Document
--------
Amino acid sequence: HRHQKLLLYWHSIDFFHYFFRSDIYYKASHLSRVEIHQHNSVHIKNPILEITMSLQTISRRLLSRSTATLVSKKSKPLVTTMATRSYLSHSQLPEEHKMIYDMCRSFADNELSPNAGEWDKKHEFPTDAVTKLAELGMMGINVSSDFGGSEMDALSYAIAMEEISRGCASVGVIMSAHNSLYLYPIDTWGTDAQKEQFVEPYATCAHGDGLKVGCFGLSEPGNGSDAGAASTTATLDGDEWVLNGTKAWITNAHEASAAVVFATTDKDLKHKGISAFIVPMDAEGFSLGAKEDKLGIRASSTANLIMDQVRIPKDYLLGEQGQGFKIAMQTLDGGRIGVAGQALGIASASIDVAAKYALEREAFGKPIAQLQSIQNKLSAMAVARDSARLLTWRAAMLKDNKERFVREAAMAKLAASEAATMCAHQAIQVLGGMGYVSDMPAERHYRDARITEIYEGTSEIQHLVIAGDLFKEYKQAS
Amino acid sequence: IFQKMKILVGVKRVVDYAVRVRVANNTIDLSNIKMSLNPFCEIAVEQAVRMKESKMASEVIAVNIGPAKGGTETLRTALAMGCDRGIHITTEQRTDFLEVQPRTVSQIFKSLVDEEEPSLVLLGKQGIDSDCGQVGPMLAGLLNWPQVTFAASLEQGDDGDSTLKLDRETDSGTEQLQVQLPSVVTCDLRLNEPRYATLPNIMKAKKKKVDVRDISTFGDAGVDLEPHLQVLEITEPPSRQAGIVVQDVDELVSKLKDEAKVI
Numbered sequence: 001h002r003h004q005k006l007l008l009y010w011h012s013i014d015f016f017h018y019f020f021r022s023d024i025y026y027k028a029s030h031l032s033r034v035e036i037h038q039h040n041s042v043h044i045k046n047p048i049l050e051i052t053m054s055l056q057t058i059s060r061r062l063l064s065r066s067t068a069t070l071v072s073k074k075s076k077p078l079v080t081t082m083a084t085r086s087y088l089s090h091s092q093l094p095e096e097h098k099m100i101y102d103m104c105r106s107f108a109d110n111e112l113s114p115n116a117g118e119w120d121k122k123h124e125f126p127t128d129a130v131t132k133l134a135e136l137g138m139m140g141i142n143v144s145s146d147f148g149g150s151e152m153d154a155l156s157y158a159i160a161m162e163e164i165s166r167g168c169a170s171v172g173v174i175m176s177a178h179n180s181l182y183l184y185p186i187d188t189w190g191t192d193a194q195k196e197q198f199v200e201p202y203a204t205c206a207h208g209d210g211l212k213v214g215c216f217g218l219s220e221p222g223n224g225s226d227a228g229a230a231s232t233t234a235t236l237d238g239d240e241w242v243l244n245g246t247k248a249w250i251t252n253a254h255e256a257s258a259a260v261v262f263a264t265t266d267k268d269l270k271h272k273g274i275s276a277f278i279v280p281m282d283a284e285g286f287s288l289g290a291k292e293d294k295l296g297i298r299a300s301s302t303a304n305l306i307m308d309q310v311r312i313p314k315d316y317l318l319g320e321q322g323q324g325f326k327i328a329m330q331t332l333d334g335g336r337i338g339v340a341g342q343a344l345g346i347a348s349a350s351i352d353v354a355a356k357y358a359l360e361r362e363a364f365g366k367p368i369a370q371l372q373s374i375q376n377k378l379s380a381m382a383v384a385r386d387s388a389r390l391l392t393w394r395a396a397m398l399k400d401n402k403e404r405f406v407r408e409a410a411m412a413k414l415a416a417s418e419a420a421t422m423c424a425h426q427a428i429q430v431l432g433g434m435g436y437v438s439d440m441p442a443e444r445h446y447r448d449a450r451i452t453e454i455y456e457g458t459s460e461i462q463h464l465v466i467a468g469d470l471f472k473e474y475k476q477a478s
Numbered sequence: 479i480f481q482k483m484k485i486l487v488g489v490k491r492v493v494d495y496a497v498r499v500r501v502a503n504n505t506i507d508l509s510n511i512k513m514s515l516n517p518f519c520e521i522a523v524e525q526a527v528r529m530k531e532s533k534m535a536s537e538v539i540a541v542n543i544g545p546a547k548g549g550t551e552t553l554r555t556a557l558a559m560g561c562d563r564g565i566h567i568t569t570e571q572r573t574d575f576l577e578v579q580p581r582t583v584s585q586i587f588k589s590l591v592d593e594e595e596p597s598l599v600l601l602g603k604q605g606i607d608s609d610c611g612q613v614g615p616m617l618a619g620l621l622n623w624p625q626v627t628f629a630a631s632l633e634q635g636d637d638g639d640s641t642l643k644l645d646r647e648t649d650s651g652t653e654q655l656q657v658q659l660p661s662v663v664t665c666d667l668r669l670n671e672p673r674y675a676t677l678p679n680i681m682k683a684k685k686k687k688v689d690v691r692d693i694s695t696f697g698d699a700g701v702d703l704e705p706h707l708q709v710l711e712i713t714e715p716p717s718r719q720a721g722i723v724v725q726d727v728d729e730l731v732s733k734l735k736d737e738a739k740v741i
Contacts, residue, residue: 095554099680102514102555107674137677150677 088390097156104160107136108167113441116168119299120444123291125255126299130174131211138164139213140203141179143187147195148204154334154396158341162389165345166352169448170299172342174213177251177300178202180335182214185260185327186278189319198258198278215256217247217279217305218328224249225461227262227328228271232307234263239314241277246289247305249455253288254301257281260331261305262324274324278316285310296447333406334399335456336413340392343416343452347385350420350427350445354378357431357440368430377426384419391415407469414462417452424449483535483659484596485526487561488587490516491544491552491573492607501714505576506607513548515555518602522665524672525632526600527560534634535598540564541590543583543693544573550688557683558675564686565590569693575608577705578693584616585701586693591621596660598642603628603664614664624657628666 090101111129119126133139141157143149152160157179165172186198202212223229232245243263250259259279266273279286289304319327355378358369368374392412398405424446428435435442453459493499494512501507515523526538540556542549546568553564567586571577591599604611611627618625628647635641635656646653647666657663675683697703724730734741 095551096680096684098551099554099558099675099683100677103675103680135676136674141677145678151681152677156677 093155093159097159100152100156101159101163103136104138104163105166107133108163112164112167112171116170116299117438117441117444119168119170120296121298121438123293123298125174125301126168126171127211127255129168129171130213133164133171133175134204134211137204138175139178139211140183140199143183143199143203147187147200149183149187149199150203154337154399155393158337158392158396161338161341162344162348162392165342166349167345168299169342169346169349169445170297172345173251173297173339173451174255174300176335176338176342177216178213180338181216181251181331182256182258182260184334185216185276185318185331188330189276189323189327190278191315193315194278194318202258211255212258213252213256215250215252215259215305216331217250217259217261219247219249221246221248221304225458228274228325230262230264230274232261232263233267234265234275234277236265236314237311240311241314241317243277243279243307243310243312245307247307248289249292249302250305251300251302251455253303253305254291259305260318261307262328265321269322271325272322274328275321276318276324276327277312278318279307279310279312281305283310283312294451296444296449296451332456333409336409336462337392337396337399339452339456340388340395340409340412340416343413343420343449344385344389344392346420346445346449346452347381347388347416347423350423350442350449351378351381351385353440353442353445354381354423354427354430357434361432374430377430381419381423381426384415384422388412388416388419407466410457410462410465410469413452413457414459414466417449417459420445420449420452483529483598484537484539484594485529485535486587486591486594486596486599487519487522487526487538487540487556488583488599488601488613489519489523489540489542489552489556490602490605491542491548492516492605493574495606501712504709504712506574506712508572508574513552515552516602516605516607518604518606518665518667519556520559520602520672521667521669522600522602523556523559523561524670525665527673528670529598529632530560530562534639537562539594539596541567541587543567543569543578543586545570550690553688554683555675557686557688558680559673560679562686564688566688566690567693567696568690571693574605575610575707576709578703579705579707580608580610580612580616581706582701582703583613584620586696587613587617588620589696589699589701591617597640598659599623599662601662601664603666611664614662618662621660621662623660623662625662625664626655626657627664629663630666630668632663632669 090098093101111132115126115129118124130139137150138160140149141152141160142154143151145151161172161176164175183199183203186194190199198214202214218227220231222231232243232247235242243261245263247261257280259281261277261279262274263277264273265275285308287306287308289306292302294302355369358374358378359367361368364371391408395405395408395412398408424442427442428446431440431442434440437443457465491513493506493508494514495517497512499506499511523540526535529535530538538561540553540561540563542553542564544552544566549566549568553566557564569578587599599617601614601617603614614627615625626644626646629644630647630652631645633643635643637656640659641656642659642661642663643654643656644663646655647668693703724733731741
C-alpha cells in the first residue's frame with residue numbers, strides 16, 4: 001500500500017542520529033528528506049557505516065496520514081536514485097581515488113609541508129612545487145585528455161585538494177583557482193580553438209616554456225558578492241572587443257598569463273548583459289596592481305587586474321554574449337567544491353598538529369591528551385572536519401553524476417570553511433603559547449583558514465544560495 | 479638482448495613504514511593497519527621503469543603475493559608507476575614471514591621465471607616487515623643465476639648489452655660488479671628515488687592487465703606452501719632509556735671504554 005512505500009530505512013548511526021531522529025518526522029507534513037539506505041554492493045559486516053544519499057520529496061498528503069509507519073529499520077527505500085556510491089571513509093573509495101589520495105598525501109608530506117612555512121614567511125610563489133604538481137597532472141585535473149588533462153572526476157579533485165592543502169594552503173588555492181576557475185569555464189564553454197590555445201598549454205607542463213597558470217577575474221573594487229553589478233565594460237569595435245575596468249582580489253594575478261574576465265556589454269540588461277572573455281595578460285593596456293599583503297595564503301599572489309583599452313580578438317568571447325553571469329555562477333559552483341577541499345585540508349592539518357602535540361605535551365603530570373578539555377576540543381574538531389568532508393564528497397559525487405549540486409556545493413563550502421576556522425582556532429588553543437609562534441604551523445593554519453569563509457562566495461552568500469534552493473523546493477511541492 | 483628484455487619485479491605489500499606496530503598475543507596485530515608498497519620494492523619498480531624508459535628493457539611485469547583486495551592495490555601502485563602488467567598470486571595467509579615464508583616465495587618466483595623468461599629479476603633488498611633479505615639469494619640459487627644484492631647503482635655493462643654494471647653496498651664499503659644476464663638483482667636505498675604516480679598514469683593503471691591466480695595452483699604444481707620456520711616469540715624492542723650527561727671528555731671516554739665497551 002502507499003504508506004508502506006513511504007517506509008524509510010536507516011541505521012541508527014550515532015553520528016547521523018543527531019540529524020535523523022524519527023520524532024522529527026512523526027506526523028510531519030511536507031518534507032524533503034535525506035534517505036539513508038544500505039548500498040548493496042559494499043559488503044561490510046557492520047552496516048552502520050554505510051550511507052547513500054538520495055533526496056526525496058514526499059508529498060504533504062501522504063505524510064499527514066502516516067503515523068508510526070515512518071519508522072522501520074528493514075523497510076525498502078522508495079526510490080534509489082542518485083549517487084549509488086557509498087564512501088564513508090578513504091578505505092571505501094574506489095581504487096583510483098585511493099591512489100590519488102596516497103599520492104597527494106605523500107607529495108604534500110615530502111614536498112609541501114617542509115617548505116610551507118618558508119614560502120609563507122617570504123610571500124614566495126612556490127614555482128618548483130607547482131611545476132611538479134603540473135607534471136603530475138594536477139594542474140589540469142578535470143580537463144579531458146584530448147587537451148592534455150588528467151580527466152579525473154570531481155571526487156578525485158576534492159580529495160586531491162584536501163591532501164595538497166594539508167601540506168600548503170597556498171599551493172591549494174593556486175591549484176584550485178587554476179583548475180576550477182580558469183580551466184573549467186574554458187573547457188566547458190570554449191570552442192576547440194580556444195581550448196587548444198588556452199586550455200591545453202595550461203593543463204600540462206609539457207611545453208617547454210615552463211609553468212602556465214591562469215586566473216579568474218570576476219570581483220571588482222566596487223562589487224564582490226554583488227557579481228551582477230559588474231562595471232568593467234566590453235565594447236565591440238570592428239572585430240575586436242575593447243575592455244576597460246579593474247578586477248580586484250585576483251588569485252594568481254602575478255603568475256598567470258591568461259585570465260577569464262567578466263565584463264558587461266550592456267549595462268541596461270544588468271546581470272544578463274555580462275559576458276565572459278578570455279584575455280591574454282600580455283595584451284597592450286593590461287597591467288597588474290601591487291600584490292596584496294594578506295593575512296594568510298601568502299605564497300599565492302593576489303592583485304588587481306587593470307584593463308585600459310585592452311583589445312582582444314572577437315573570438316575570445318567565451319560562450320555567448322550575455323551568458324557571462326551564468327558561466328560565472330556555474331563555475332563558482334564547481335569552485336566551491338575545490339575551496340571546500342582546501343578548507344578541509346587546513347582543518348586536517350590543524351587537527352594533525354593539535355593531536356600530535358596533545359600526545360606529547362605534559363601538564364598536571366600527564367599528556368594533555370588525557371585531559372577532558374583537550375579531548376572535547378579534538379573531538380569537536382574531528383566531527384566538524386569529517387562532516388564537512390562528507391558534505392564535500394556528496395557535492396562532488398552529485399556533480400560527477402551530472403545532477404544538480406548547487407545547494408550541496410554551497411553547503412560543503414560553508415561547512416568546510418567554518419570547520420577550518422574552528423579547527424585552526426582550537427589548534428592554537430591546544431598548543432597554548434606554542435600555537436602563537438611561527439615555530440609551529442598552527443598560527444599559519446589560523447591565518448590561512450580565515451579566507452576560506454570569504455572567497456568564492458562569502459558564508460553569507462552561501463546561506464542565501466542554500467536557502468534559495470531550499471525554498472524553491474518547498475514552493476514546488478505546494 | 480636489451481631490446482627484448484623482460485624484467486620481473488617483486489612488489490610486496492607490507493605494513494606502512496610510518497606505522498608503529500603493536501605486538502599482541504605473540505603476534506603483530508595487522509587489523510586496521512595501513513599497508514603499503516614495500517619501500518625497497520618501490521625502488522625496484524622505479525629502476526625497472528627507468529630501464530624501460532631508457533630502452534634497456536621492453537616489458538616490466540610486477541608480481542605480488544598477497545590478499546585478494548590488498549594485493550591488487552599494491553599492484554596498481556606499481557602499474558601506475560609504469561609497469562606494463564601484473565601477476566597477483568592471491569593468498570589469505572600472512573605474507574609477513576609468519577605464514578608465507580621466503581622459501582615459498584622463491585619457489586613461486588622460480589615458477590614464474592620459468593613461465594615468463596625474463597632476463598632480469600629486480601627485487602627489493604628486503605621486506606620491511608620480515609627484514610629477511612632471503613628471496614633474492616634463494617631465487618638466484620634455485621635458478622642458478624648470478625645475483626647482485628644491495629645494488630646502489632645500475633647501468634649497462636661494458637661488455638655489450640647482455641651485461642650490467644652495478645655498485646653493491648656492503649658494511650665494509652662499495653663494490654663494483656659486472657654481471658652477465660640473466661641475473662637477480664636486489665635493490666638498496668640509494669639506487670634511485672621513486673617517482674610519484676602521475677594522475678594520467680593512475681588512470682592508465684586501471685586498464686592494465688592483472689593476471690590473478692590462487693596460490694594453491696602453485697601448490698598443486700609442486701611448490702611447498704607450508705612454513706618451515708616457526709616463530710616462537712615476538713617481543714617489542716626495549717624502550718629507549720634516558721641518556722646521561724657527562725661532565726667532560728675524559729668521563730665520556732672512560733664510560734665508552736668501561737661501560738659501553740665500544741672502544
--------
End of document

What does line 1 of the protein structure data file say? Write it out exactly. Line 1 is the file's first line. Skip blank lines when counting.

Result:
Amino acid sequence: HRHQKLLLYWHSIDFFHYFFRSDIYYKASHLSRVEIHQHNSVHIKNPILEITMSLQTISRRLLSRSTATLVSKKSKPLVTTMATRSYLSHSQLPEEHKMIYDMCRSFADNELSPNAGEWDKKHEFPTDAVTKLAELGMMGINVSSDFGGSEMDALSYAIAMEEISRGCASVGVIMSAHNSLYLYPIDTWGTDAQKEQFVEPYATCAHGDGLKVGCFGLSEPGNGSDAGAASTTATLDGDEWVLNGTKAWITNAHEASAAVVFATTDKDLKHKGISAFIVPMDAEGFSLGAKEDKLGIRASSTANLIMDQVRIPKDYLLGEQGQGFKIAMQTLDGGRIGVAGQALGIASASIDVAAKYALEREAFGKPIAQLQSIQNKLSAMAVARDSARLLTWRAAMLKDNKERFVREAAMAKLAASEAATMCAHQAIQVLGGMGYVSDMPAERHYRDARITEIYEGTSEIQHLVIAGDLFKEYKQAS